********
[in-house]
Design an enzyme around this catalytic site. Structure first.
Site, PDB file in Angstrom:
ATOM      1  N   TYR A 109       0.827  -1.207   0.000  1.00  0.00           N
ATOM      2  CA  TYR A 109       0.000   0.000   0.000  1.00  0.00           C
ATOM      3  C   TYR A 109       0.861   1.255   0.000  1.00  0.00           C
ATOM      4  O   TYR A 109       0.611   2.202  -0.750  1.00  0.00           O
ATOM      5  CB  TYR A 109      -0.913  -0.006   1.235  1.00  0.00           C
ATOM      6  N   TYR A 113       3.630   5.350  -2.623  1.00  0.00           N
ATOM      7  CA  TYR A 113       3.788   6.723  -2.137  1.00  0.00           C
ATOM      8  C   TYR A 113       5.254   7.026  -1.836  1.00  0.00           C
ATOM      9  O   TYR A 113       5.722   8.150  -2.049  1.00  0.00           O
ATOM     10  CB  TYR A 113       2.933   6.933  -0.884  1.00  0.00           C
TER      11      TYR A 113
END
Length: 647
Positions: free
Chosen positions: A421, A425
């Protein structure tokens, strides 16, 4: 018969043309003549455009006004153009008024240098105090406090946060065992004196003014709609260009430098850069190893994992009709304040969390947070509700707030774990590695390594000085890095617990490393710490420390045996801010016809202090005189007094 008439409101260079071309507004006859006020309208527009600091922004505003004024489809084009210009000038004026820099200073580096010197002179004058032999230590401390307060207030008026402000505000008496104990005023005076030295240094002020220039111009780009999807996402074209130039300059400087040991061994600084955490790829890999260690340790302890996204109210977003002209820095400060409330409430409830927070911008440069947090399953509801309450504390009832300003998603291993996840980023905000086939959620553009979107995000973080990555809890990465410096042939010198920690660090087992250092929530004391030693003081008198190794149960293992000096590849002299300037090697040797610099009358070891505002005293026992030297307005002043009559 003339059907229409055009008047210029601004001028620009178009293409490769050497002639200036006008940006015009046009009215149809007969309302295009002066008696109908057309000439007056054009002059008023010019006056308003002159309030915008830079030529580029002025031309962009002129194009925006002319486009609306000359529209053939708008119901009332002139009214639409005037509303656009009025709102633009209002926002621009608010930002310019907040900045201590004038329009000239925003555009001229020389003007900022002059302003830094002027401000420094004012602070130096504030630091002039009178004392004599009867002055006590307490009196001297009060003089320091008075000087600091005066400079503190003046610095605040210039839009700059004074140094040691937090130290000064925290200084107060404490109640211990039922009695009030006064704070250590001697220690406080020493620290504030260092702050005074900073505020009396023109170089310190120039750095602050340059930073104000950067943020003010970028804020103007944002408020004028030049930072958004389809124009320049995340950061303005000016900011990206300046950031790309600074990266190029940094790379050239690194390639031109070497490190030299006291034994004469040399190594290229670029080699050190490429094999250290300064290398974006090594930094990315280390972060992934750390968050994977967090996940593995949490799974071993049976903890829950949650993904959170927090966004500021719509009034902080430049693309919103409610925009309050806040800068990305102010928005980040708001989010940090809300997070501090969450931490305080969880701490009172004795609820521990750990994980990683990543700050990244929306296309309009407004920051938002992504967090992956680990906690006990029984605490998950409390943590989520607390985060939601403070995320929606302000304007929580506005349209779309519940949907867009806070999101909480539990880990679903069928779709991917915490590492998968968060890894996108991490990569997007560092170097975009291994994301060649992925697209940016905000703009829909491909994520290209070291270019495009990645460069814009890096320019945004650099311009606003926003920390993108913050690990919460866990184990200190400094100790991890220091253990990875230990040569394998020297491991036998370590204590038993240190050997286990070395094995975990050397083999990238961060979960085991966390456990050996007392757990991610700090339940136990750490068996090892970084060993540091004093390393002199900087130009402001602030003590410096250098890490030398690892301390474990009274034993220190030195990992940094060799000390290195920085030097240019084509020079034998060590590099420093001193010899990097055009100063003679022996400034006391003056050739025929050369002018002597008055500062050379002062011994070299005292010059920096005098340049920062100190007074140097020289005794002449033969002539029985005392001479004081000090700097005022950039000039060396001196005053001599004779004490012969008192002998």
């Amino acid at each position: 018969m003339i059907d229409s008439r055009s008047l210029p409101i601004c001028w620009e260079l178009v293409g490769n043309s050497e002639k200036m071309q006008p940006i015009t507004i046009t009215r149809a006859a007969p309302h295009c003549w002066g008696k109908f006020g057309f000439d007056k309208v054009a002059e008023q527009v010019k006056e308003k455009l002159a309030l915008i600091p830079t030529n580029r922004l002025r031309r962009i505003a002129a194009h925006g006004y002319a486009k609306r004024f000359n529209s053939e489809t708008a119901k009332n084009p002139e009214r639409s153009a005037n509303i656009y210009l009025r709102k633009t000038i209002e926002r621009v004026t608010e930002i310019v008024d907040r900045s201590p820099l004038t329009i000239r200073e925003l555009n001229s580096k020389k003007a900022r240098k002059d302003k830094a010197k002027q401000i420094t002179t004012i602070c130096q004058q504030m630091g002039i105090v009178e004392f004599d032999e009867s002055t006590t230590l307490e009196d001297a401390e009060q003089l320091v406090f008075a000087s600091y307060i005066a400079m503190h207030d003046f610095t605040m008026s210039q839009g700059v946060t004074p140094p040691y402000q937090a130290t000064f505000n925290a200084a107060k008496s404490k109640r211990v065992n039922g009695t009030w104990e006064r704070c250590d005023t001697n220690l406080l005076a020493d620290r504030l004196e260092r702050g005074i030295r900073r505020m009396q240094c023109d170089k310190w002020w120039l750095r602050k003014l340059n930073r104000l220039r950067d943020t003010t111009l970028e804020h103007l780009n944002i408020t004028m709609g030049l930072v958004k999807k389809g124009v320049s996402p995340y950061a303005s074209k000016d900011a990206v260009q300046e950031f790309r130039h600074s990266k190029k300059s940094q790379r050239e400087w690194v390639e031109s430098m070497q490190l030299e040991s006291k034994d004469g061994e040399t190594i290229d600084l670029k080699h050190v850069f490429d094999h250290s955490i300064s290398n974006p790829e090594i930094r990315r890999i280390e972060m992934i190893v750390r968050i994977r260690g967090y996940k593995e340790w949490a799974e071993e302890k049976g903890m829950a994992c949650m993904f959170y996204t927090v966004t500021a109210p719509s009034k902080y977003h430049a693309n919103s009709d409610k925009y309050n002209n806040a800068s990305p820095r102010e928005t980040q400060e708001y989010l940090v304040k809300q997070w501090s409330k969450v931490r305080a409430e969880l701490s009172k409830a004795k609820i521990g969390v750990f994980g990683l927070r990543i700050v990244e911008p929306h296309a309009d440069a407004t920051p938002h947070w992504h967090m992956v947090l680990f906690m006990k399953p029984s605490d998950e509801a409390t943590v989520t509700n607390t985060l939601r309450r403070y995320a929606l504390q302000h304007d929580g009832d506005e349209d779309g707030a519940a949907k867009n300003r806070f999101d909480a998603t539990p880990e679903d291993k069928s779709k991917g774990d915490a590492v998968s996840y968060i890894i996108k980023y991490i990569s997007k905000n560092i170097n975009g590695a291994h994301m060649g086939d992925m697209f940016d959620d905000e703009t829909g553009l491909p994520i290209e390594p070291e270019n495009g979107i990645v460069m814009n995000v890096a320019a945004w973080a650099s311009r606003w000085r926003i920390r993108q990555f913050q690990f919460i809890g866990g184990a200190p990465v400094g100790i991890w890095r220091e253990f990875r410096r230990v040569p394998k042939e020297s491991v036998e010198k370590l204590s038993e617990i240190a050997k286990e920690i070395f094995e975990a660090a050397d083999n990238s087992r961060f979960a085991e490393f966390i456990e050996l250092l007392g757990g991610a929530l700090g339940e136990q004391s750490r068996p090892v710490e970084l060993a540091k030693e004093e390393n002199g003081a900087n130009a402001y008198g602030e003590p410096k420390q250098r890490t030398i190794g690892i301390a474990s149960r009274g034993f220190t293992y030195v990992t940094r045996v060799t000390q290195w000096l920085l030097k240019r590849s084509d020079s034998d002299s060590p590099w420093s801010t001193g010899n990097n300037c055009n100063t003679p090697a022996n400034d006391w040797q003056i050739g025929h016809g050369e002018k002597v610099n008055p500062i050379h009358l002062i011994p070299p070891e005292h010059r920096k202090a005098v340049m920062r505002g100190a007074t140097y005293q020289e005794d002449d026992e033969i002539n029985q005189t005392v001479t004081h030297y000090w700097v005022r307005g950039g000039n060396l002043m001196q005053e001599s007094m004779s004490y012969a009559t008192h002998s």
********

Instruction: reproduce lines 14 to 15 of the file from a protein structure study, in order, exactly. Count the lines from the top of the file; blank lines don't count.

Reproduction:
TER      11      TYR A 113
END